I've gotten away through my career without knowing much about how these things are implemented and I don't really need to go learn that because it scares me, and it bothers me, and my plate is already full, and I've got a lot of things to do. I work with really talented developers so I'm going to let them do what they need to do from an implementation standpoint. I don't have to worry about that.
What I'm hearing from you is what I've been hearing in other places which is the designers do need to understand how these things transition and how they get implemented, just as much as the developers themselves need to understand the underlying principles and philosophies behind the design and what the design is trying to do.
Luke: Especially if they're separated. If they're sitting next to each other then they can talk about that the whole time and gradually they'll learn.
Jared: Exactly. That's what happens. Maybe that's the problem. Maybe these designers that are resisting this have lived in these siloed environments where they think that in order for them to understand this stuff they have to go to three years of school. Whereas the reality is, the way people are learning about this is they're sitting next to someone and they're watching them do it. They're learning through that osmosis process.
Luke: I think some level of responsive design is inevitable given the ecosystem we have. If you're putting in some responsive attributes into your web design work, there's all these things in-between that, frankly, you don't know until it's in the web browser and you start looking at it on a couple different screens and sizes.
A lot of the adjustments you want to make are driven by the design and the content. You don't want to drive it based on some technical consideration. You want to drive it based on, "OK, when you looking at it on this device this thing is off and awkward. Let's adjust that. How do we adjust that?" There's all these middle states, and in-between moments.
Again, you can't account for that in a series of mockups just because there's too many of those. The process is like you literally sit there and move the damn web browser from left to right changing the size and see what happens. Then you go and look at it on a bunch of different devices and make sure that what you saw on that web browser is actually the case on those devices.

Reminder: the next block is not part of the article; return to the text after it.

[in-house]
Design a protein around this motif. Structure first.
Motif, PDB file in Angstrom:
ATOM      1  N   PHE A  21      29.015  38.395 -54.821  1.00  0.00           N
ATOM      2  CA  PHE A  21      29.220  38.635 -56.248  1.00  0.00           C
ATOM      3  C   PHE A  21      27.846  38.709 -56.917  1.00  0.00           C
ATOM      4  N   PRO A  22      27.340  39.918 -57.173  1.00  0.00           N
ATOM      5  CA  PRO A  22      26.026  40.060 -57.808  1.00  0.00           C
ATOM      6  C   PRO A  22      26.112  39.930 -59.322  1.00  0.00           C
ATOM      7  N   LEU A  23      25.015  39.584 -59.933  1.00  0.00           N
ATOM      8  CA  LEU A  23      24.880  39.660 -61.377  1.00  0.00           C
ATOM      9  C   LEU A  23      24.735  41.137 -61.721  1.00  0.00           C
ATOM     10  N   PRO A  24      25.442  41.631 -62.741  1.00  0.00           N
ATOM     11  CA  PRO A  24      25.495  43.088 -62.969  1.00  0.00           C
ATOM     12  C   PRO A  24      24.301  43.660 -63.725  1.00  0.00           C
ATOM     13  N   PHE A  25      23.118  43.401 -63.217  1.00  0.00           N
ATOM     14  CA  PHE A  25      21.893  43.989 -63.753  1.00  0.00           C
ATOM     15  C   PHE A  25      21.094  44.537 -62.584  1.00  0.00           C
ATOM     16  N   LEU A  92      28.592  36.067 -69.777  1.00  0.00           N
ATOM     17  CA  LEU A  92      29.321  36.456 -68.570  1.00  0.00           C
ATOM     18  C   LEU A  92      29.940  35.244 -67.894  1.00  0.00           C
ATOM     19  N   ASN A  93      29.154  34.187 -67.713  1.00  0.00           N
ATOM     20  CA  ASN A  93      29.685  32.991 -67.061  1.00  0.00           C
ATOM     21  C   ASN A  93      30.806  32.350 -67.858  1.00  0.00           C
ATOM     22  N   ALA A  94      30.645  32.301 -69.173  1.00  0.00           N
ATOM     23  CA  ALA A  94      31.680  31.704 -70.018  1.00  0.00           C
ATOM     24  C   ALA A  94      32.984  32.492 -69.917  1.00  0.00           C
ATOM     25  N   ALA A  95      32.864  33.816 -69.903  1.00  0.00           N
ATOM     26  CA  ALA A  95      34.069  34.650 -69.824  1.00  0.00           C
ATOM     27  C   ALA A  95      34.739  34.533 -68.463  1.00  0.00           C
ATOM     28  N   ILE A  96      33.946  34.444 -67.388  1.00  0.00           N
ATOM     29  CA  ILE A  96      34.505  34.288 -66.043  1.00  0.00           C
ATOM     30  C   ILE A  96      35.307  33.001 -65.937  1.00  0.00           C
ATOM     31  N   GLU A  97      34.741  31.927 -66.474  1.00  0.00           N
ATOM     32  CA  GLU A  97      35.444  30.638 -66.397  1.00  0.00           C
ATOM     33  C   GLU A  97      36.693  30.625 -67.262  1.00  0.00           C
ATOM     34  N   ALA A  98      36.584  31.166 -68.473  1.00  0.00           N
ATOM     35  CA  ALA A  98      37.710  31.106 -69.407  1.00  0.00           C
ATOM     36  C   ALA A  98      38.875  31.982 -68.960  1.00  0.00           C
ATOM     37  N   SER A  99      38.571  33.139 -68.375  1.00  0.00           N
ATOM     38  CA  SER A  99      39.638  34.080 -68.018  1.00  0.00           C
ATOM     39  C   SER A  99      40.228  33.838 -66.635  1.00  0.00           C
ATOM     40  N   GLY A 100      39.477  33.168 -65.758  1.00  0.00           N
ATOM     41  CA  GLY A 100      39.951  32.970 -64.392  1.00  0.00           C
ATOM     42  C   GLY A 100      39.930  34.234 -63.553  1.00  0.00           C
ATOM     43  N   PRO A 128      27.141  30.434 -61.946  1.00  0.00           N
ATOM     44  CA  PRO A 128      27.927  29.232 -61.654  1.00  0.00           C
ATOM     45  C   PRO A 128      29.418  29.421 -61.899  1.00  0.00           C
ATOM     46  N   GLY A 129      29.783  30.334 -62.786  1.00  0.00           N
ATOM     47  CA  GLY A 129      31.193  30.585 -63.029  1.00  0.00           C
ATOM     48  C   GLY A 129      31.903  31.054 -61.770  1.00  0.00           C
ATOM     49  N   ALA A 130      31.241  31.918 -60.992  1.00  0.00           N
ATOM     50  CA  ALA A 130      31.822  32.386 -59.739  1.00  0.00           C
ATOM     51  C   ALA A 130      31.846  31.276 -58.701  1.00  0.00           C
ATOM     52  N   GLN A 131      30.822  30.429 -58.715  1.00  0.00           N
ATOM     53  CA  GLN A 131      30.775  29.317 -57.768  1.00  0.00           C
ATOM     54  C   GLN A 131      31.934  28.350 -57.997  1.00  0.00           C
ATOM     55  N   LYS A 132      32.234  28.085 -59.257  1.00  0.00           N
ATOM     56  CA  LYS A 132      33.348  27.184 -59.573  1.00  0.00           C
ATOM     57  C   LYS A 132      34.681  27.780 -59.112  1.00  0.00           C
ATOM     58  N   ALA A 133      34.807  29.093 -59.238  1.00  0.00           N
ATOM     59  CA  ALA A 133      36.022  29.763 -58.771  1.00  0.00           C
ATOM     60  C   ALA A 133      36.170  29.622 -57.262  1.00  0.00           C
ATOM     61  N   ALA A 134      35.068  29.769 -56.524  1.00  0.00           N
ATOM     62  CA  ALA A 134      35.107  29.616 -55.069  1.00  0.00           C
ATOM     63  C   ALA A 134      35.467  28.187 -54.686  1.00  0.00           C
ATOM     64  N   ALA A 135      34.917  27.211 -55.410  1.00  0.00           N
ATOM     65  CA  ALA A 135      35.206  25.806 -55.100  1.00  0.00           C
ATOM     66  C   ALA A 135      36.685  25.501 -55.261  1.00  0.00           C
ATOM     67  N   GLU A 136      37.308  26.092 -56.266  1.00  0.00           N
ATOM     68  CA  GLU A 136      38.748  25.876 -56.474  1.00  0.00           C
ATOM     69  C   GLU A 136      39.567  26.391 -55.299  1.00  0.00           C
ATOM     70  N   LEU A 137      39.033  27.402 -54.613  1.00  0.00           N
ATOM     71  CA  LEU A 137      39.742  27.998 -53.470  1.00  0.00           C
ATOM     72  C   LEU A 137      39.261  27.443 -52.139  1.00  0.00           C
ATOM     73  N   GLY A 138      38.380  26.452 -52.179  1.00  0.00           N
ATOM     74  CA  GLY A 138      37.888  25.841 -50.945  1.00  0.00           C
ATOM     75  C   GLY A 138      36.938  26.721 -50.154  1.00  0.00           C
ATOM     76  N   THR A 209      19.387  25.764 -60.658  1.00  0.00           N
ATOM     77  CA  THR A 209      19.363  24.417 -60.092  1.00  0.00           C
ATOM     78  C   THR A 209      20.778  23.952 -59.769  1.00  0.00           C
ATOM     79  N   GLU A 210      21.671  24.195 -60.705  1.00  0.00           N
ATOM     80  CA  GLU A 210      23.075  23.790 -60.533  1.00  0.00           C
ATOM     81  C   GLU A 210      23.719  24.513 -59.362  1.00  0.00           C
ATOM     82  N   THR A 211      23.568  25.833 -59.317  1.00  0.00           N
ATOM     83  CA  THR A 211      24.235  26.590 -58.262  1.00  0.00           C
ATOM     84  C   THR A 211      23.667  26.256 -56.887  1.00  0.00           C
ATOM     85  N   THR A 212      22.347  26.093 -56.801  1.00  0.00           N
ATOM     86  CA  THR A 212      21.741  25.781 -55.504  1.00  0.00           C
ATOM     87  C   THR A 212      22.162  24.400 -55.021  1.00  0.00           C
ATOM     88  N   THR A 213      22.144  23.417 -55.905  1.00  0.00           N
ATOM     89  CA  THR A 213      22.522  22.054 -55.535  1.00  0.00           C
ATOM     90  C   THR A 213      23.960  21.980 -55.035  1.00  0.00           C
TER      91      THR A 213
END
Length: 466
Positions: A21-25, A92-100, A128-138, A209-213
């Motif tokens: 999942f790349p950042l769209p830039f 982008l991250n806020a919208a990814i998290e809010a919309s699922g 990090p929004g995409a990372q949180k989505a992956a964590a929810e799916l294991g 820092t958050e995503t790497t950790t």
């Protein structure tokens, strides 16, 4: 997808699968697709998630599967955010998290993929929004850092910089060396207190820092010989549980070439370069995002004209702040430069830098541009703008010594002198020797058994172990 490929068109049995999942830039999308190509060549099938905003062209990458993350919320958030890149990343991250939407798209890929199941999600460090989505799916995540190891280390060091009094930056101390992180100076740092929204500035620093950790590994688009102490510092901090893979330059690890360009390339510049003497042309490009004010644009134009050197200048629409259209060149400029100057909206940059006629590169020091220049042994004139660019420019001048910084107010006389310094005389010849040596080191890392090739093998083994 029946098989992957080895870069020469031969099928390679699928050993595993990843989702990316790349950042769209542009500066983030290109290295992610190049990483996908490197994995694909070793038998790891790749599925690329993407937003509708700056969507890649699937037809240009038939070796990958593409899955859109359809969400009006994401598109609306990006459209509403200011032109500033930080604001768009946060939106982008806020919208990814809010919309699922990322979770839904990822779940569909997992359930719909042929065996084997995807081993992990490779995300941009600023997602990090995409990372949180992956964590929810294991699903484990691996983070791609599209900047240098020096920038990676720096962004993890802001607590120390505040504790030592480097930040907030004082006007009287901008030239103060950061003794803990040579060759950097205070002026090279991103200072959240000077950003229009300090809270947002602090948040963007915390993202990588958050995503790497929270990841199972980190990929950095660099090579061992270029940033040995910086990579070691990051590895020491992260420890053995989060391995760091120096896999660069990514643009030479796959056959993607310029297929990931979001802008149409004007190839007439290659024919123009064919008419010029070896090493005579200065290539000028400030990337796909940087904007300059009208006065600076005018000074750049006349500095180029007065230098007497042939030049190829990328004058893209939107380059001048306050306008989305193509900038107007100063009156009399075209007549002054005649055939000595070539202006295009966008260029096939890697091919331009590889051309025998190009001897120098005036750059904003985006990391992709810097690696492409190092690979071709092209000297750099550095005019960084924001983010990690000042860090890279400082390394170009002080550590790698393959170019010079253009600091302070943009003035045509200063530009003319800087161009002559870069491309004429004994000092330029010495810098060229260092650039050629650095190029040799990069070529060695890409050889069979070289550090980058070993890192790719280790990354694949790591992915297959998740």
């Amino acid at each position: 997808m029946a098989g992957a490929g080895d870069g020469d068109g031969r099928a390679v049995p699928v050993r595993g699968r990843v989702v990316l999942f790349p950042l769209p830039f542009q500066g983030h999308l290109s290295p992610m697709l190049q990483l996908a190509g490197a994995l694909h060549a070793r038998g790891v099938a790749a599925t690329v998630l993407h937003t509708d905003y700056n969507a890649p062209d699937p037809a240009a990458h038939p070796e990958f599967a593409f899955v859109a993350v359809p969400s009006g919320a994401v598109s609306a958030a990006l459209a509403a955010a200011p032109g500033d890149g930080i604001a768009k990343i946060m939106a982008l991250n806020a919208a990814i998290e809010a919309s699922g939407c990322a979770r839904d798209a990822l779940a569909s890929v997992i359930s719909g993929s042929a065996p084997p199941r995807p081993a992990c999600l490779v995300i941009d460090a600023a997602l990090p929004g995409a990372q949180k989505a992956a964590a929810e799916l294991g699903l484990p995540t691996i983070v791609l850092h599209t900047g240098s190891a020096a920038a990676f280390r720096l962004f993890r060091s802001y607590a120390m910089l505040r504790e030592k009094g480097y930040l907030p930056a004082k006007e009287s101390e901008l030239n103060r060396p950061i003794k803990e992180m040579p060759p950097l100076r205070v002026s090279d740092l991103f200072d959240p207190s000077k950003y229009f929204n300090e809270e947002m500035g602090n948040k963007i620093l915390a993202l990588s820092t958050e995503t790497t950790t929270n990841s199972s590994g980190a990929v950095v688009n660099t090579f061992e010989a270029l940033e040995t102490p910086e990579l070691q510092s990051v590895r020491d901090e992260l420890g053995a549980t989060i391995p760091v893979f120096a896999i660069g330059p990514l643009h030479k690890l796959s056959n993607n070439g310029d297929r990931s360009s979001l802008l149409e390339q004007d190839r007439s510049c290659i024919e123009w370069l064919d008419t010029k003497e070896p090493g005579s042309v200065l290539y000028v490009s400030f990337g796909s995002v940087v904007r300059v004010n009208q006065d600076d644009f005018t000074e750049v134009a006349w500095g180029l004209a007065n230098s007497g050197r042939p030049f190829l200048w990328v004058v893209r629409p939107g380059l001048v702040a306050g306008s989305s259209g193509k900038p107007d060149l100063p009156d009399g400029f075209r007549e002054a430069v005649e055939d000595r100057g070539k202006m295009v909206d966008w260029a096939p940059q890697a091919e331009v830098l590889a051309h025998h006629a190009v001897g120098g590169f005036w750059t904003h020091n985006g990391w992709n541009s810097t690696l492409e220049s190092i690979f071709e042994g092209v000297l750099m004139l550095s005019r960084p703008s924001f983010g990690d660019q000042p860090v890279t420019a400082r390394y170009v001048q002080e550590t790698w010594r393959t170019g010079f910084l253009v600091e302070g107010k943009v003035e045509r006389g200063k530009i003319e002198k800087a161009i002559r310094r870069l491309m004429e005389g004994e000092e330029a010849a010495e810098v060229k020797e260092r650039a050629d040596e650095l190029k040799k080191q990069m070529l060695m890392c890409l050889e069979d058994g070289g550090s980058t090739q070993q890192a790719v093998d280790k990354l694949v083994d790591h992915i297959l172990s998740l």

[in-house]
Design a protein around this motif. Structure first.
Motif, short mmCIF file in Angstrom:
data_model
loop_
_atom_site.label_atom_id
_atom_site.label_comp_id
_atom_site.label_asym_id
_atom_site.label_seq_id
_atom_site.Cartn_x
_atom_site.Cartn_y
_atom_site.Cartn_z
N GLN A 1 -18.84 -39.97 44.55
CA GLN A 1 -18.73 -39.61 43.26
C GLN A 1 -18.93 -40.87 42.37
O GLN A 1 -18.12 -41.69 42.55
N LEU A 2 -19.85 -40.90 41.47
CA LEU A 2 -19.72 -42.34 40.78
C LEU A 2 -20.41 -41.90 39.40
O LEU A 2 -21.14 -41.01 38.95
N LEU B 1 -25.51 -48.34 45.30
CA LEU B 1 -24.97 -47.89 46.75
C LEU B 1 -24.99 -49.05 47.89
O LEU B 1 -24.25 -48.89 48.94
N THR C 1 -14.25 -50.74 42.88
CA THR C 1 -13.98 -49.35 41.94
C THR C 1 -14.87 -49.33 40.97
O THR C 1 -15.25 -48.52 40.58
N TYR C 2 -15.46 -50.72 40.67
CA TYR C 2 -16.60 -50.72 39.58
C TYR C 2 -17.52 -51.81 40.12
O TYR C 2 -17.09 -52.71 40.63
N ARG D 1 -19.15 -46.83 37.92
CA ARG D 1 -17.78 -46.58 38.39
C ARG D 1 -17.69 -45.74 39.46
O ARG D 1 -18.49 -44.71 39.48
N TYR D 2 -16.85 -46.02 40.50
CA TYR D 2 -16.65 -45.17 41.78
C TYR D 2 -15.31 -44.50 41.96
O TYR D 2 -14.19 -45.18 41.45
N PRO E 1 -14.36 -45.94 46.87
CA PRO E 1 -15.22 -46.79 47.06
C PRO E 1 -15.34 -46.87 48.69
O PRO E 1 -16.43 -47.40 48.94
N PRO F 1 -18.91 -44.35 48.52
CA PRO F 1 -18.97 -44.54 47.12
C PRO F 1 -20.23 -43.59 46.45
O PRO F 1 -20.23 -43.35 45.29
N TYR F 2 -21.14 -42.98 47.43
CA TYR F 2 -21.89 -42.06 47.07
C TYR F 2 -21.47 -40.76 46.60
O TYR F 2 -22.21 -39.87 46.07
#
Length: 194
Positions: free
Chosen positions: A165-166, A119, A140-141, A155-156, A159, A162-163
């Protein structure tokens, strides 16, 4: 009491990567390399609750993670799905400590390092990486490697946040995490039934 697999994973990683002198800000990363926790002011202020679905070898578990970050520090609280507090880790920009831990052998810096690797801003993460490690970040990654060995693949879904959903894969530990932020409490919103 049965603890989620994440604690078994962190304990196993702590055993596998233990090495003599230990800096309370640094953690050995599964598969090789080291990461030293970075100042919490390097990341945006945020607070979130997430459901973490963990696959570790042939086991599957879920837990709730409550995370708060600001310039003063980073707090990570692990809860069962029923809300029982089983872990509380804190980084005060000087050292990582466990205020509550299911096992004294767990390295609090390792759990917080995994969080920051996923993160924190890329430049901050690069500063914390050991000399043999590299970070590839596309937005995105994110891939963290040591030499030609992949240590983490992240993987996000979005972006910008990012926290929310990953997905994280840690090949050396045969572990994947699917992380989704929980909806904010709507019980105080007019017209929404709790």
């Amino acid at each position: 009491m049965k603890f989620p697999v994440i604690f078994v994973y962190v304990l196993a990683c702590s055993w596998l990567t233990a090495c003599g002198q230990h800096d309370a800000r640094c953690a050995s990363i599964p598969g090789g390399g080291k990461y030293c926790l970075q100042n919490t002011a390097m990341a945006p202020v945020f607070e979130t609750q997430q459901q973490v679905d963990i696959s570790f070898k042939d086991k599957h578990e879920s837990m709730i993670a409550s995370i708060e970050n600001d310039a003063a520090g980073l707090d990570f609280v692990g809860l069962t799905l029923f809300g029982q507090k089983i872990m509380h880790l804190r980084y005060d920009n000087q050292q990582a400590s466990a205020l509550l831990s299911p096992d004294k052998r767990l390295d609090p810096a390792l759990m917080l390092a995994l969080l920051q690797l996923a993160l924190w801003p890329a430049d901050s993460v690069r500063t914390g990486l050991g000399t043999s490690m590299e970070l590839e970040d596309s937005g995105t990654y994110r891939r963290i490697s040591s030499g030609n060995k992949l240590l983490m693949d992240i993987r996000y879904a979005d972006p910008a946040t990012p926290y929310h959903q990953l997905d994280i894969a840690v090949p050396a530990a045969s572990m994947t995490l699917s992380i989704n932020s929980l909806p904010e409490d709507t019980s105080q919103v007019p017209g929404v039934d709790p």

There's just a lot more time spent in the prototype or production aspect of things that is design time as opposed to just development time. If you as a designer are not there for that design time somebody else is going to make those design decisions.
Jared: Right, and if they haven't absorbed the principles and the understanding that you have the odds of them making the right decisions are probably slim, so you've got to have that back and forth, it sounds to me.
Luke: Sure. I mean if you've got a developer who is essentially a designer then they can do a lot of that stuff. There's a lot of designer developers out there, people that will code the HTML and CSS and put together the whole package. In that case, it's the ideal situation.
This is what everyone calls the unicorn role or whatever...because that person is able to make both the design decisions and some of the technical decisions at the same time and fold it together into one system. The vast majority of people aren't in both sides of that that deeply, so you have people collaborating. When they're collaborating, it has to be a collaboration.
It can't be an over the wall kind of thing. I think Ethan Marcotte, who coined the phrase responsive web design, calls it, "designer developerism" or something. I can't remember the phrase.
Jared: He has a phrase for it where you're working back and forth. He's even developed tools where using a particular type of annotation in Photoshop that both the developer and designer understand, they can go and grab the right measurements and thoughts and stuff.
All of this talk is making me think...Years ago I was in a book store, and I came across the script to "Raiders of the Lost Ark". They were selling it in a bound edition. That was fine. I didn't really need the script but I picked it up and started flipping through it and I realized that the back third of the book was all the storyboard pictures that Spielberg had done of the movie.
They had these index card size drawings of practically every shot in the movie and it was fascinating to go through and actually watch the movie and watch the storyboards at the same time and see how much he hit on the mark. There were differences and, more importantly, there were things that were happening between each of those index cards that happened in the movie, that weren't there.
When Spielberg makes a movie, he doesn't draw out his index cards and then give it to the Director of Photography and say, "Go make this for me." He's sitting there watching the movie being filmed.